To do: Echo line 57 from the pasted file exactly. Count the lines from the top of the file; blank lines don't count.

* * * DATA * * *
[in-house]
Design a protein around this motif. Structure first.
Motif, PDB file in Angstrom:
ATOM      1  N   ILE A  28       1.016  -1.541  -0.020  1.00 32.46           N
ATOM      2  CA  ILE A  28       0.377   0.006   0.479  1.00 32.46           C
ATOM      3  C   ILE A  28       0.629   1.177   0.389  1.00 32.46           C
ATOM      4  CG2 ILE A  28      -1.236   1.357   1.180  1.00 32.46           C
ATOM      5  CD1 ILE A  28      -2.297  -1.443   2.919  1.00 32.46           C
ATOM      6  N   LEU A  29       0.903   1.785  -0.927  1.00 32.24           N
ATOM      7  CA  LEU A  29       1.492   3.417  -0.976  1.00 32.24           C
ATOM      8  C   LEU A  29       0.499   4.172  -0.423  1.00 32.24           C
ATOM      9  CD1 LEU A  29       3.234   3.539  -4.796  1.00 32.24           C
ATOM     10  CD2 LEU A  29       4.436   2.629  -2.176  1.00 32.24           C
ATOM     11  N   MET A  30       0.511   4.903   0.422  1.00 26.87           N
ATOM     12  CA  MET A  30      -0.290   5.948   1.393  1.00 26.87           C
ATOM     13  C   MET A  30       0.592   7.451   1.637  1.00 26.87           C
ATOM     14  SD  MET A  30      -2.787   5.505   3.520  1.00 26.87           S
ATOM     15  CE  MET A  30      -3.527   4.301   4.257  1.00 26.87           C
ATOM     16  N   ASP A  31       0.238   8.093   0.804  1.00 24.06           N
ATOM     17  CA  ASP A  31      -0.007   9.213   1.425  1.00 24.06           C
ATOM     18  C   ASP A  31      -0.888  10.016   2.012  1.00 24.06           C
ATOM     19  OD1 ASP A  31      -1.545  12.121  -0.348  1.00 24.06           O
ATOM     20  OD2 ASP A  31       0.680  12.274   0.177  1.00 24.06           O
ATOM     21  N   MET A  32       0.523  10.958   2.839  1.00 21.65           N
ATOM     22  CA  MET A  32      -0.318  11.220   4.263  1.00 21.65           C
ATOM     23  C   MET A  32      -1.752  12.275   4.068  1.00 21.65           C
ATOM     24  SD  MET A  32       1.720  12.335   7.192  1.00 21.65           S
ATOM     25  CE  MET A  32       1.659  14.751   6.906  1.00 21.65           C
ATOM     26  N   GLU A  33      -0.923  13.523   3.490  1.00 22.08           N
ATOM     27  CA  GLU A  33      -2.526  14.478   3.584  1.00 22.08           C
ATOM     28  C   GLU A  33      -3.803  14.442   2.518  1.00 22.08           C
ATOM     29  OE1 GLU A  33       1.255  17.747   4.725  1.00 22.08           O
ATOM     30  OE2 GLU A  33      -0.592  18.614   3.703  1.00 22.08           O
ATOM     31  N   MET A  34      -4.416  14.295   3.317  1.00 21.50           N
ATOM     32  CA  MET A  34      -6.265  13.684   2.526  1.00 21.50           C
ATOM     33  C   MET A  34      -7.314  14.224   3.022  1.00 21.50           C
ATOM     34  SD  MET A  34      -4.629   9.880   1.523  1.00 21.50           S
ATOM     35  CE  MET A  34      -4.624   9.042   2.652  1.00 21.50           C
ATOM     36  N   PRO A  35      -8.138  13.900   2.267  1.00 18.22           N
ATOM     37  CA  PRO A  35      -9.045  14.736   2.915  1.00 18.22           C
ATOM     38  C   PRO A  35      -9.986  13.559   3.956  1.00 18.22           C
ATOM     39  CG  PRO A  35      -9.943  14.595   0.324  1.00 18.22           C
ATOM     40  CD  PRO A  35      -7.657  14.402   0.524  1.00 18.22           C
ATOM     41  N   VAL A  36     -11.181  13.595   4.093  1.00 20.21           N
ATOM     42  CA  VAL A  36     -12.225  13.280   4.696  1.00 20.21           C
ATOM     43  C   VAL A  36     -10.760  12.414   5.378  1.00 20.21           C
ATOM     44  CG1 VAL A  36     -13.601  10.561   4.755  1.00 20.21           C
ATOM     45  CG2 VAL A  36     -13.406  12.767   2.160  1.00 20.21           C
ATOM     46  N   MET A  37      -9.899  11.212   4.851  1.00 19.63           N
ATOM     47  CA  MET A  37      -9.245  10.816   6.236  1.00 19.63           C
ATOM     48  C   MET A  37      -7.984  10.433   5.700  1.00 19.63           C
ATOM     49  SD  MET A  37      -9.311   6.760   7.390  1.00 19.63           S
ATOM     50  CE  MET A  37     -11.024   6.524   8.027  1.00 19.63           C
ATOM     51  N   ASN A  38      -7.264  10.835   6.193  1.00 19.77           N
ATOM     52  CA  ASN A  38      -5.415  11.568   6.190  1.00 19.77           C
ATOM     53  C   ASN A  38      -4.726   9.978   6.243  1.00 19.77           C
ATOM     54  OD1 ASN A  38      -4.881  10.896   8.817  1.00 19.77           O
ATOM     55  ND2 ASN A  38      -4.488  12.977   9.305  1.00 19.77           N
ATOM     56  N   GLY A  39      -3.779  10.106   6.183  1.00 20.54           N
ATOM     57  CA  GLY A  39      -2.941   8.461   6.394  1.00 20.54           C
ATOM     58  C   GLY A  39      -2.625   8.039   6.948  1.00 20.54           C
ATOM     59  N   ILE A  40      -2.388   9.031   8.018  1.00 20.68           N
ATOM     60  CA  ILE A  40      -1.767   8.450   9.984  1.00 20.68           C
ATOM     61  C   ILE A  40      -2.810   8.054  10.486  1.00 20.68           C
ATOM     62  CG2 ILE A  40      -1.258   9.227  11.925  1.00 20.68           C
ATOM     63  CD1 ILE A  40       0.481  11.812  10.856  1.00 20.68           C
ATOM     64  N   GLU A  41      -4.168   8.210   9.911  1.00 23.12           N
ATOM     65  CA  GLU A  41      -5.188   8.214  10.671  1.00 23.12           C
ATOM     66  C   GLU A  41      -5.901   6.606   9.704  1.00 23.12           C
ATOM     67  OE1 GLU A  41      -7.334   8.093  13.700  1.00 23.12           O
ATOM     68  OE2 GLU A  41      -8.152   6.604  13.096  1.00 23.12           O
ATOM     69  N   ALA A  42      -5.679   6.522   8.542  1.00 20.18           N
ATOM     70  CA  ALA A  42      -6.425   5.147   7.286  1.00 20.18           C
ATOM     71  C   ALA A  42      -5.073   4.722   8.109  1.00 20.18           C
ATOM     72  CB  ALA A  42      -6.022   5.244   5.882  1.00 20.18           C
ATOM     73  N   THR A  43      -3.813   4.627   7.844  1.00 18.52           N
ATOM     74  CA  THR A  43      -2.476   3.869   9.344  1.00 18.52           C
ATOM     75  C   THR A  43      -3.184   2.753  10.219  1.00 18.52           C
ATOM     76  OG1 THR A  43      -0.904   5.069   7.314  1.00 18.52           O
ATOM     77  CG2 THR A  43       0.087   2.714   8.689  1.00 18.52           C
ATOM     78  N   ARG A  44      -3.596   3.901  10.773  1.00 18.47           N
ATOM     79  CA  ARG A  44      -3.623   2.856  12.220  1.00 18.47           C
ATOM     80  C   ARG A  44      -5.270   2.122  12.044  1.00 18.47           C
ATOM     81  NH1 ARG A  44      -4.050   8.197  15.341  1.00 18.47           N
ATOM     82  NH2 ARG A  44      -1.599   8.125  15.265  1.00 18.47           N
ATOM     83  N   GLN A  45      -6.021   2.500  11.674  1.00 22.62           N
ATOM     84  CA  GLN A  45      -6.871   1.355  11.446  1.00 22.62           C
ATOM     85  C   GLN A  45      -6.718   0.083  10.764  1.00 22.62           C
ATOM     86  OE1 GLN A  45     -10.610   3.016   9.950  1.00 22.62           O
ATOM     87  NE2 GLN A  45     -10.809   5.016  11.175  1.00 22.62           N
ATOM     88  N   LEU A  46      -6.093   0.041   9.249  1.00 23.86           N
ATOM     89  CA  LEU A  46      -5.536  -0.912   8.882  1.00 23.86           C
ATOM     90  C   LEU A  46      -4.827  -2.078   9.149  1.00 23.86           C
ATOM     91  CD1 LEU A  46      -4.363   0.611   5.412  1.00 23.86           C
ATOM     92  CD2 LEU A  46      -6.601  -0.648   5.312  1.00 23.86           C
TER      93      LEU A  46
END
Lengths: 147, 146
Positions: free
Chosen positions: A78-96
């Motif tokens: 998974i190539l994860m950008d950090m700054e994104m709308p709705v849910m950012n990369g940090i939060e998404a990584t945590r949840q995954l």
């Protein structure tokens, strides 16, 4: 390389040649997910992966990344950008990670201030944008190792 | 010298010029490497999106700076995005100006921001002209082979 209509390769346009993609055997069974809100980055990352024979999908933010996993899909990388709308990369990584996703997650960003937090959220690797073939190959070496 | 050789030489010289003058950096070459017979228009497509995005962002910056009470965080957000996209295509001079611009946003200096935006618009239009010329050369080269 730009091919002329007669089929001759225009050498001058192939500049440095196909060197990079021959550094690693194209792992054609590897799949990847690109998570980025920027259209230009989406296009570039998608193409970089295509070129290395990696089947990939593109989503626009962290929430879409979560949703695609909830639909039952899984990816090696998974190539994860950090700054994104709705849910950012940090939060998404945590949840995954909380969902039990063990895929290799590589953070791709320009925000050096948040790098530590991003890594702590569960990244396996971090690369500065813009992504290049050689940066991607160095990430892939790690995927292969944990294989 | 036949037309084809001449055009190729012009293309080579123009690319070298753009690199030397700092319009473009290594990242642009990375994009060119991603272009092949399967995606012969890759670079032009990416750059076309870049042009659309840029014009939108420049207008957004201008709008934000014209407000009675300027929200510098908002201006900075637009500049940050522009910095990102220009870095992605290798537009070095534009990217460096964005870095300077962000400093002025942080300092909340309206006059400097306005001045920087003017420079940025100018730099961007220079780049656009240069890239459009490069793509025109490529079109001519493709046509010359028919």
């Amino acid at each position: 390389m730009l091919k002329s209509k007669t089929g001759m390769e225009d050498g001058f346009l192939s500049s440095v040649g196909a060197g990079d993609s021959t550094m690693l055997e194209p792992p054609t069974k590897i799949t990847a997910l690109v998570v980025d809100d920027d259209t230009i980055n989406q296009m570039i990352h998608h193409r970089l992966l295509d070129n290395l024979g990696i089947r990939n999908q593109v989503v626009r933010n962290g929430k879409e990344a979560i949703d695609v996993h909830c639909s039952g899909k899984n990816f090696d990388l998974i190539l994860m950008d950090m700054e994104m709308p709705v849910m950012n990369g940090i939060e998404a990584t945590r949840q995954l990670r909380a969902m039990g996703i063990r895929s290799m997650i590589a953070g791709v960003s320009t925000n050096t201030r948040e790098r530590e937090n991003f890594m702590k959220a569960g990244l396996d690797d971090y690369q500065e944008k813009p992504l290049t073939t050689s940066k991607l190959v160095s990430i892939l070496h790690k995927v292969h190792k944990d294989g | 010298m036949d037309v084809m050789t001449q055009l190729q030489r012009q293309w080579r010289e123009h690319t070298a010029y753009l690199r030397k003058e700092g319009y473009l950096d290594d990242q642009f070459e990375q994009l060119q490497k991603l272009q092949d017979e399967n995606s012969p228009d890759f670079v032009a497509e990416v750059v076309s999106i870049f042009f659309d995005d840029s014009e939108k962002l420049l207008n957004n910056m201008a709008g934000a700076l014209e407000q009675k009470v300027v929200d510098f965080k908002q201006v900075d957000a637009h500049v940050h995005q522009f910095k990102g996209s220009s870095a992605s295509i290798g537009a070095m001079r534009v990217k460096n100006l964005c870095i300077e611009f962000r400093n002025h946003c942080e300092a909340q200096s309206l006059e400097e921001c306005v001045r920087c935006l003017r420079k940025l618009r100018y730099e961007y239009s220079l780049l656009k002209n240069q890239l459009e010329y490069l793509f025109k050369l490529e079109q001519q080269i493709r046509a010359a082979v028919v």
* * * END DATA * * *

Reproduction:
ATOM     54  OD1 ASN A  38      -4.881  10.896   8.817  1.00 19.77           O